Chris Brown of Parker-Egin Elementary in St. Anthony received $1,000 to purchase science equipment for hands-on projects.

Rondee Owens of Parker-Egin Elementary in St. Anthony received $1,000 to purchase scales, screens, tools for digging and other miscellaneous supplies for an archaeological dig.

Stephanie Forbush of Henry's Fork Elementary in St. Anthony received $945 to purchase tablet computers for use in her classroom.

Boise/Treasure Valley
Anne Wilson of Silver Sage Elementary in Boise received $682.70 to purchase building bricks for students to build and design projects.

David Shubert of Rolling Hills Public Charter in Boise received $998 to purchase a video microscope and projector.

Merrianne Cavazos of Seven Oaks Elementary in Eagle received $919.95 to purchase materials for use in Family Engineering Nights.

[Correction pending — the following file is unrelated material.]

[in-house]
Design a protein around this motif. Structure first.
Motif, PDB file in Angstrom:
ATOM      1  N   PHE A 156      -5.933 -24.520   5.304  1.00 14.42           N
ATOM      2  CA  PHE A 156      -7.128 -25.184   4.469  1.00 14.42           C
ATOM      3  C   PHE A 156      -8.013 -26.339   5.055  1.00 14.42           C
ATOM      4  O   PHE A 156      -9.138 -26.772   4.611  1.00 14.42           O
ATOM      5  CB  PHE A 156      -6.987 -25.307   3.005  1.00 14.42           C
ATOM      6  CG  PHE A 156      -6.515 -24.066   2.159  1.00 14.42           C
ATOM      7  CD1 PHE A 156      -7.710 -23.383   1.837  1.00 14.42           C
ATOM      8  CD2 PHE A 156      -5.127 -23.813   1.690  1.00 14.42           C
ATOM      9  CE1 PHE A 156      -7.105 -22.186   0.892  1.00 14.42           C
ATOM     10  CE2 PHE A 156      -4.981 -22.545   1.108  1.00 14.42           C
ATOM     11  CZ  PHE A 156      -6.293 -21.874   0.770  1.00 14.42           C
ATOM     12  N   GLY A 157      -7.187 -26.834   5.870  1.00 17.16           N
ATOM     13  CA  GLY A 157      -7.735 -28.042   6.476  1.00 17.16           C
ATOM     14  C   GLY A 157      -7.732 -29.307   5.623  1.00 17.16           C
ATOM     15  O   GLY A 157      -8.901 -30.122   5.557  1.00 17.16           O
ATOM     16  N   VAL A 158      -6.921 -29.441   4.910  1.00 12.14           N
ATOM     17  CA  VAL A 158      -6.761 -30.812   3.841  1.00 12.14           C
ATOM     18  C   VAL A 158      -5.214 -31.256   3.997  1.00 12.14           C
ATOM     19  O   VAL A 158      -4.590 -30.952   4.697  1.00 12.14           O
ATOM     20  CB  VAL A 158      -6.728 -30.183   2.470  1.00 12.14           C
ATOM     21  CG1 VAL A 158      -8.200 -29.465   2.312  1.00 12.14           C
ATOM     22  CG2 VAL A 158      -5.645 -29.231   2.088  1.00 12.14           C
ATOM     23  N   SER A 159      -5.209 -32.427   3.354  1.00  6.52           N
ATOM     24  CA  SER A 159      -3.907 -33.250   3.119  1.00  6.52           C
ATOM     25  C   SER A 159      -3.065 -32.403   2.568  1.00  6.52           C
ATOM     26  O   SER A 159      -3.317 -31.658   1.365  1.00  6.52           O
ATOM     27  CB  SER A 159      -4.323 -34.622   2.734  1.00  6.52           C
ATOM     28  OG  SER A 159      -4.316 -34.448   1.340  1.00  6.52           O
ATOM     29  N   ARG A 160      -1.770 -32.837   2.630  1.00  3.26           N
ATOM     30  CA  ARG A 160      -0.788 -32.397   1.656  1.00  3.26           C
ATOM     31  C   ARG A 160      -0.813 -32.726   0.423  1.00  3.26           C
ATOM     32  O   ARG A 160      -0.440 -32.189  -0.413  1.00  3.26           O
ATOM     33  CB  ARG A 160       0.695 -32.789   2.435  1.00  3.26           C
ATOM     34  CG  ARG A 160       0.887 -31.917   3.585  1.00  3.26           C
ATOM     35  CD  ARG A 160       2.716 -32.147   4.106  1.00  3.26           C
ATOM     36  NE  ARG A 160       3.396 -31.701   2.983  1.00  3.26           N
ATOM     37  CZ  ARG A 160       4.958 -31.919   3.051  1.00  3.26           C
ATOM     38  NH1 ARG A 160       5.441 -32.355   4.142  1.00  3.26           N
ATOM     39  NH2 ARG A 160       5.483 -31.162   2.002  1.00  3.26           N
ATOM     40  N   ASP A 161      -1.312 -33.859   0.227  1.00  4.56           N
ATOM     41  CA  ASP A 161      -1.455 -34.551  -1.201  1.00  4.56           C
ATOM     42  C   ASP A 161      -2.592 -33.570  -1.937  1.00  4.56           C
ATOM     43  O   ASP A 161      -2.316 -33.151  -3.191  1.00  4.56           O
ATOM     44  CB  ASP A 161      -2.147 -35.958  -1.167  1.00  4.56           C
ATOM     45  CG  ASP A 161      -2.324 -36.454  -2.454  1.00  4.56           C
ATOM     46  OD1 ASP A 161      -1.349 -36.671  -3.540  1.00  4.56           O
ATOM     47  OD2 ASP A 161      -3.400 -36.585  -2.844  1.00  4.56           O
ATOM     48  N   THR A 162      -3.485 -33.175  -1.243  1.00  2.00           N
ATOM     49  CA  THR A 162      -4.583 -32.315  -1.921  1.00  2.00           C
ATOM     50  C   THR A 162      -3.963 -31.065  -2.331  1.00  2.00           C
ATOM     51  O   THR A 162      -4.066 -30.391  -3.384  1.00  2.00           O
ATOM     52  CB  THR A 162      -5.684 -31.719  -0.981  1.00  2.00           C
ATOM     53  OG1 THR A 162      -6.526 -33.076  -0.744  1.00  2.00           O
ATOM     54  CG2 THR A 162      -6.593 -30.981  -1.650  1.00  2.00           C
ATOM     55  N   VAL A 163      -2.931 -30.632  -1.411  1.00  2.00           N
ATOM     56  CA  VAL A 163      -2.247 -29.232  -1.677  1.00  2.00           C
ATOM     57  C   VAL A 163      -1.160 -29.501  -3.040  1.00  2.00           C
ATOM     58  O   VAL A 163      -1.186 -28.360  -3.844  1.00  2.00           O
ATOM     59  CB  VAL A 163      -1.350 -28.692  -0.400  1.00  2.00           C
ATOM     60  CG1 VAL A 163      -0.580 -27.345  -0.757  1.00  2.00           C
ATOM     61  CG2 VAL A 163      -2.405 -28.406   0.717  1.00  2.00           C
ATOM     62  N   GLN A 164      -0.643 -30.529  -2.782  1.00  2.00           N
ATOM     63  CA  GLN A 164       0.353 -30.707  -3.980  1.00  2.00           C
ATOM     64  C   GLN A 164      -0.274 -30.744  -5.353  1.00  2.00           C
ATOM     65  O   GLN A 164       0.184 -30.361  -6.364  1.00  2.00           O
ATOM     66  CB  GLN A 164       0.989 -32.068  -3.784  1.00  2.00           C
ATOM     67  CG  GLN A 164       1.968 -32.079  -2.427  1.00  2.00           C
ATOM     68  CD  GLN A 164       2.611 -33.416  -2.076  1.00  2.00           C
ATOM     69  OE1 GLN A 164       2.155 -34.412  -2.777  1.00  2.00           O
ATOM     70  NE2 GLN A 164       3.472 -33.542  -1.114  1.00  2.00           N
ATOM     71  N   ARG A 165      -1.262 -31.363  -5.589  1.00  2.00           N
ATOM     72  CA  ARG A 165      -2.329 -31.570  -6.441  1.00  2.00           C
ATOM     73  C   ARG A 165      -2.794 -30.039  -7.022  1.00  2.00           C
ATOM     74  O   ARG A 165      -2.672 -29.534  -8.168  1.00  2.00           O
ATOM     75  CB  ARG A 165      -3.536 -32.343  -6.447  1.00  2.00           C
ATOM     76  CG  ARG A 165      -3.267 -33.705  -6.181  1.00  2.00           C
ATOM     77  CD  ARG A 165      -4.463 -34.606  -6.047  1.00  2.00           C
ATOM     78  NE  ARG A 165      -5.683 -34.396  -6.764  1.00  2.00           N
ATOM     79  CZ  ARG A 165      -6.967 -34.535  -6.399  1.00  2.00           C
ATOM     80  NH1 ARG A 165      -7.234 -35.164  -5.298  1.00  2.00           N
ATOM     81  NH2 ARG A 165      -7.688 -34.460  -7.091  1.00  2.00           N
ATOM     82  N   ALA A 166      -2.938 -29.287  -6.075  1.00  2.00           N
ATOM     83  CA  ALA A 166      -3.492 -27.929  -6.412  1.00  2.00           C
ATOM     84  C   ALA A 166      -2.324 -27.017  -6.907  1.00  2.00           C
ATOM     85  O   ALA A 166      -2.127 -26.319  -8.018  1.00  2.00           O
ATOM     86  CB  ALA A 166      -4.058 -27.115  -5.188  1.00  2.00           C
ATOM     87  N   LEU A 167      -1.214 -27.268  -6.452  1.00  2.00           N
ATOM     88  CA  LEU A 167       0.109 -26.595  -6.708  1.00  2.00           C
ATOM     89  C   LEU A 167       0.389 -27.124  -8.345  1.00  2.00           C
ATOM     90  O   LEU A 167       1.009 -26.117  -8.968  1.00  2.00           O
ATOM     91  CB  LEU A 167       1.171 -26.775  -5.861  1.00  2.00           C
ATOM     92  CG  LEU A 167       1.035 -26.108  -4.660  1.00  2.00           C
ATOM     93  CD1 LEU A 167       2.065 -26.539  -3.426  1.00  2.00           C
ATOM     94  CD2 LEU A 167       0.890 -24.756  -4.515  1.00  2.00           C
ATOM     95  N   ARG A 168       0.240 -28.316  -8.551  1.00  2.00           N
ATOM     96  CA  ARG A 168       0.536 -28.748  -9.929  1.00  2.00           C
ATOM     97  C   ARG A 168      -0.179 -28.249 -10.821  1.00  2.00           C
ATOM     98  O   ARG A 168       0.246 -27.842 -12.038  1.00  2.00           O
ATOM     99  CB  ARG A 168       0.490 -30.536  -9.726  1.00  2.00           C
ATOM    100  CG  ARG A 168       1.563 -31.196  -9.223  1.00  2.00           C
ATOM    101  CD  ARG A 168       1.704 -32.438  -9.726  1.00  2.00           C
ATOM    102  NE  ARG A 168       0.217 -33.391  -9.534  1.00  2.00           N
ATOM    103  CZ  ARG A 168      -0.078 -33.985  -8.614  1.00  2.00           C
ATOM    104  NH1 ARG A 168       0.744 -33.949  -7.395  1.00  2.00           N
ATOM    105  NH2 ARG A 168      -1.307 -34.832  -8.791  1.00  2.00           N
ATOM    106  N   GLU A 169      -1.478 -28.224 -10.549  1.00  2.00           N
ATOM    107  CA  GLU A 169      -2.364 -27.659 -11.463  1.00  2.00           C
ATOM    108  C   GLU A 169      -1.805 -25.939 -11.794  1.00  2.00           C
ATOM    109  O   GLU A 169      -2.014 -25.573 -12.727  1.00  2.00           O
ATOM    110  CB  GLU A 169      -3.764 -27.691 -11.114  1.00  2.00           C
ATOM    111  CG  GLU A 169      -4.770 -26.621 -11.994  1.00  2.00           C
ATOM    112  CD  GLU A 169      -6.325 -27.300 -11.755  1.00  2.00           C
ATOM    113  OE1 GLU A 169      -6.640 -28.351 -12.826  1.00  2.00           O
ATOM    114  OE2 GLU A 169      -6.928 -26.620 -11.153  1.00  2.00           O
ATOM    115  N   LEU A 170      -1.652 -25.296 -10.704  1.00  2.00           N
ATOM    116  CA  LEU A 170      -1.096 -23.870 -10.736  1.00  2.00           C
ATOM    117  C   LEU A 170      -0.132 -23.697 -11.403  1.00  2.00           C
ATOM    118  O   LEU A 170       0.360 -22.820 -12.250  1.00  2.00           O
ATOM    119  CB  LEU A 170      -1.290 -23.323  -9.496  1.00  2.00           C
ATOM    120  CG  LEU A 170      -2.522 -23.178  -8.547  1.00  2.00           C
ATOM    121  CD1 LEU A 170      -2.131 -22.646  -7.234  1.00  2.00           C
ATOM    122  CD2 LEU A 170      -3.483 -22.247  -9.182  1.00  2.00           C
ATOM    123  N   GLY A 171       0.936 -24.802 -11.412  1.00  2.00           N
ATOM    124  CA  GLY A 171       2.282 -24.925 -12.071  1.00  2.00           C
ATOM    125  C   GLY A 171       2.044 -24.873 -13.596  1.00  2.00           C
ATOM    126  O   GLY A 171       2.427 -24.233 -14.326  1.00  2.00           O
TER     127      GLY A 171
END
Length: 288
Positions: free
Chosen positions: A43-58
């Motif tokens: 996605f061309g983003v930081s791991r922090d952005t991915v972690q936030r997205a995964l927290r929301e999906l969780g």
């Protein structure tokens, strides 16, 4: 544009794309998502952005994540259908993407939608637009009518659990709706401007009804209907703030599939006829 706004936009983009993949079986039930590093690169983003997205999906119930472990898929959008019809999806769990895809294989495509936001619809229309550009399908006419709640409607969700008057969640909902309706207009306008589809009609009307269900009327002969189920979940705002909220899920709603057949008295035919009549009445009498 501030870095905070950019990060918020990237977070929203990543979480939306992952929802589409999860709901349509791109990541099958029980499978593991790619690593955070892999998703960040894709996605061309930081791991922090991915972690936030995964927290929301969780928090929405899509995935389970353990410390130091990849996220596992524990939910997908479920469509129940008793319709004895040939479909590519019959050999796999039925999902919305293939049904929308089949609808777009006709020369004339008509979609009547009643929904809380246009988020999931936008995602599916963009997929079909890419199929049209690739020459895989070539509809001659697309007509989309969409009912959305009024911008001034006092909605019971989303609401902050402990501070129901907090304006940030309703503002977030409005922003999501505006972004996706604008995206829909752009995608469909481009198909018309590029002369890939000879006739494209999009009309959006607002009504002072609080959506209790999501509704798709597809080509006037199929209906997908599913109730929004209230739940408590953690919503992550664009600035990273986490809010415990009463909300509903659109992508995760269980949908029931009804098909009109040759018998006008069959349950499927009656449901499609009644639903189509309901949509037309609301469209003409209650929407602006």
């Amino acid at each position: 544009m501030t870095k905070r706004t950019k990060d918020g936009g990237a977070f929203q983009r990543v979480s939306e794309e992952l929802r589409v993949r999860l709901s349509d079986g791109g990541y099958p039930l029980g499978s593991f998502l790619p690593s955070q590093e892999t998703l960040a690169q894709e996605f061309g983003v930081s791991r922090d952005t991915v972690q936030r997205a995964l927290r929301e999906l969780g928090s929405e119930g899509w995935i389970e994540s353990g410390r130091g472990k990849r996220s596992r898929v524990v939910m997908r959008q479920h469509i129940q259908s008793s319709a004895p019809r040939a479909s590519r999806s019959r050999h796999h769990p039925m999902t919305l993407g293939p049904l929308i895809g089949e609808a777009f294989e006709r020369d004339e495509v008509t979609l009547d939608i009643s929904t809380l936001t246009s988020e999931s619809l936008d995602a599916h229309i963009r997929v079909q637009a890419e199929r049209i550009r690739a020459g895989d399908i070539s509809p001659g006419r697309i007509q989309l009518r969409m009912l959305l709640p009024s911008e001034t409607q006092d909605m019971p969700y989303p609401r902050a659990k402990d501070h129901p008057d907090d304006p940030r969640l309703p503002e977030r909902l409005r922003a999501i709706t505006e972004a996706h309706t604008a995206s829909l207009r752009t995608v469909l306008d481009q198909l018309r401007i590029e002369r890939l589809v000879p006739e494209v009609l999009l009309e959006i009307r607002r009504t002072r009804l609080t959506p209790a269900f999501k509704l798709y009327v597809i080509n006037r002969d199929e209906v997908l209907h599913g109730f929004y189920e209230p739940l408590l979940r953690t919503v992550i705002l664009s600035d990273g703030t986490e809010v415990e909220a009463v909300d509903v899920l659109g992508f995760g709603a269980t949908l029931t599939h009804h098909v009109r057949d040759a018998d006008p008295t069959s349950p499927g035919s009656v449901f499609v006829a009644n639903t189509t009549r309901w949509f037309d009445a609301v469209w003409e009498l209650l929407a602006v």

Kellie Taylor of Galileo STEM Academy in Eagle received $1,000 to fund a trip to a conference where she and another teacher will present on integrating robotics into curriculum.

Lynnea Shafter of Barbara Morgan STEM Academy in Meridian received $978 to purchase probeware for use in experiments.

Coeur d'Alene/north Idaho
Pamela Lemmon Wilson of Challis Elementary received $905 to purchase 10 strapless heart rate monitors.

Troy Wassink of Ramsey Magnet School in Coeur d'Alene received $989.90 to purchase GPS receivers.

Deidra Little of Marsing Middle School received $989.50 to purchase a digital video camera with a scope kit and microscope eyepiece adapter.